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Jul 31, 2017

Activist calls for HBC to exit Europe, threatens proxy fight

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Activist investor Land & Buildings is threatening to launch a proxy fight at Hudson’s Bay Company if the retailer doesn’t give serious consideration to exiting Europe and doubling down on Canada.

The Stamford, Connecticut-based firm, which owns just shy of five per cent of HBC’s float, said the company should consider selling its European operations, which it established with the €2.5-billion acquisition of Galeria Kaufhof in 2015; and argued HBC should monetize its real estate assets through a joint venture.

Land & Buildings added that if the company were to consider offloading its Saks Fifth Avenue banner, which it acquired for US$2.9-billion in 2013, there would likely be plenty of interest.

“Hudson’s Bay should migrate back to its roots as a Canadian retailer. The Saks Fifth Avenue banner would likely be in high demand from potential buyers, allowing the Company to focus on the Canadian market it has long dominated,” Land & Buildings Founder and CIO Jonathan Litt wrote in the letter.

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It’s not the first time Land & Buildings has been vocal about its desire for change at the company. In June, the activist released a similar letter to shareholders, arguing the path to unlocking maximum value at the firm lies in its real estate, not the legacy brick and mortar retailing business. HBC has said repeatedly that the underlying real estate assets are worth as much as $35 per share, more than three times where shares currently trade.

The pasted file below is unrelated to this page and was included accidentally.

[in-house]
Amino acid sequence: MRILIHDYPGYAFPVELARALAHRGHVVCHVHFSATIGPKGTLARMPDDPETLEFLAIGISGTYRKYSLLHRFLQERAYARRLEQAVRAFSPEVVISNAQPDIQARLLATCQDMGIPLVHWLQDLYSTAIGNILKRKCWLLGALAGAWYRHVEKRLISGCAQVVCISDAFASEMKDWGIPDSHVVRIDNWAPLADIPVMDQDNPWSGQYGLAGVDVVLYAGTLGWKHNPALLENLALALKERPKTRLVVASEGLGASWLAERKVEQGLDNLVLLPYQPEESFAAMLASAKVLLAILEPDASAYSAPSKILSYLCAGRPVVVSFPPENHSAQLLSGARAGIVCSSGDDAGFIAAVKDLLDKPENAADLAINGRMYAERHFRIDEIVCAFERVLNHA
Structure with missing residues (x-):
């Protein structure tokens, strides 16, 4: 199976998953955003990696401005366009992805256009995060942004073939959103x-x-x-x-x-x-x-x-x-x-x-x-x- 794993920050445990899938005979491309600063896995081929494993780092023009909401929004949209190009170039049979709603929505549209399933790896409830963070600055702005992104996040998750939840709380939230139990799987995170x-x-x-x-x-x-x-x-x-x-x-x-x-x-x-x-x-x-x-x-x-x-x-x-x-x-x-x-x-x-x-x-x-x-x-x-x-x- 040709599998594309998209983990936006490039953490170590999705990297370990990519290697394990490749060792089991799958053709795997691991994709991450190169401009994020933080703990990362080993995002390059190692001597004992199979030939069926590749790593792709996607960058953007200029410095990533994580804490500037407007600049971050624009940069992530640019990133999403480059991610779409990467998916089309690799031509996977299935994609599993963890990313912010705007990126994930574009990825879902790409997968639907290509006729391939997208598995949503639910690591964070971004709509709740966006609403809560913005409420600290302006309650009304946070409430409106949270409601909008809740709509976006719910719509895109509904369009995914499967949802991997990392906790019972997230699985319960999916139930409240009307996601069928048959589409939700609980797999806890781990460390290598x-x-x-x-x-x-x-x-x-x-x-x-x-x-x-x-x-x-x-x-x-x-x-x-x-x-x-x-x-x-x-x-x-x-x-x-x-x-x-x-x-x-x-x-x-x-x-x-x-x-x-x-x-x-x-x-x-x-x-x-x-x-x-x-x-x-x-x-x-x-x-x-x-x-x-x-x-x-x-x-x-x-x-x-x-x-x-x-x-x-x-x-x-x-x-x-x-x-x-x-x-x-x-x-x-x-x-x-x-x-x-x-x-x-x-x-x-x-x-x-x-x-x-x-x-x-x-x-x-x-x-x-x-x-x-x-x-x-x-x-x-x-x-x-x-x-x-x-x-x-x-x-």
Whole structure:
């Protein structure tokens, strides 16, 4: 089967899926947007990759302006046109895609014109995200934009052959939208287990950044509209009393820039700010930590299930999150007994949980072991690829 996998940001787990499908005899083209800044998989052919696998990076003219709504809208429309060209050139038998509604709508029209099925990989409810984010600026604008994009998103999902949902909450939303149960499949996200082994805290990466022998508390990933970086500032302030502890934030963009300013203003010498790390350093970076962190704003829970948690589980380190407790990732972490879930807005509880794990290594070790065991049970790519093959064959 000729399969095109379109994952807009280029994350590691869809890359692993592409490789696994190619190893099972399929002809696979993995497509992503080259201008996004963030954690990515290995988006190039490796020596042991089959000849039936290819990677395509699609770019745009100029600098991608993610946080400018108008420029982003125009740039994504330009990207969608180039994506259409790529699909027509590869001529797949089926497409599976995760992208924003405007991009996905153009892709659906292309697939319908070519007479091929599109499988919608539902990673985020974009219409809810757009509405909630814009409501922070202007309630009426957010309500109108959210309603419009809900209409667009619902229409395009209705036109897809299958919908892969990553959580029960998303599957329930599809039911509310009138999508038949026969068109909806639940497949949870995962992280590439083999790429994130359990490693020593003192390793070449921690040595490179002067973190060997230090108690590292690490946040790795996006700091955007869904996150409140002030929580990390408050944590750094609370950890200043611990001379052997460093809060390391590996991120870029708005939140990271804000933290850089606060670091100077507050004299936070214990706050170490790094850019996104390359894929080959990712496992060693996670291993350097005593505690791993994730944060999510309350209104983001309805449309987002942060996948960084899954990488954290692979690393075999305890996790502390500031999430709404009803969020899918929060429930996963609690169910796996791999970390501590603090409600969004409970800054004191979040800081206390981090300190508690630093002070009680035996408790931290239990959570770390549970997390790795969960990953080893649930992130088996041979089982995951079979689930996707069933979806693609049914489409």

In the wake of the earlier letter, Land & Buildings met with the top brass at HBC, but was left underwhelmed by the response from key executives.

“Unfortunately, during the course of our meeting, it became clear to us that the Company feels it has looked at all options to improve value. We completely disagree,” Litt wrote.

HBC said in statement it will continue to engage with Land & Buildings, but gave no indication it’s ready to throw in the towel on any of its retail operations.

“We are committed to our strategy of both operating leading retail banners and also creatively unlocking the value of our associated real estate holdings,” wrote spokesperson Jen Vargas.

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The activist investor isn’t alone in viewing the company as undervalued in its current form. In an interview on BNN, John Zechner, chairman and founder of J. Zechner Associates, said he thinks it’s unlikely the company can fully realize the $35 a share in real estate cited, but that some headway can be made.

“There’s some logic in all [Land & Buildings is] saying, and you’re closing a pretty giant gap in there,” Zechner said. “I’m not looking for a home run on this, but there’s a lot of air between 11 and 35 dollars.”

CORRECTION: An earlier of this version indicated Land and Buildings said HBC should sell Saks outright. In fact, Land and Buildings is calling for changes to Saks' flagship location, and said there could be “high demand” for the Saks banner. BNN apologizes for the error.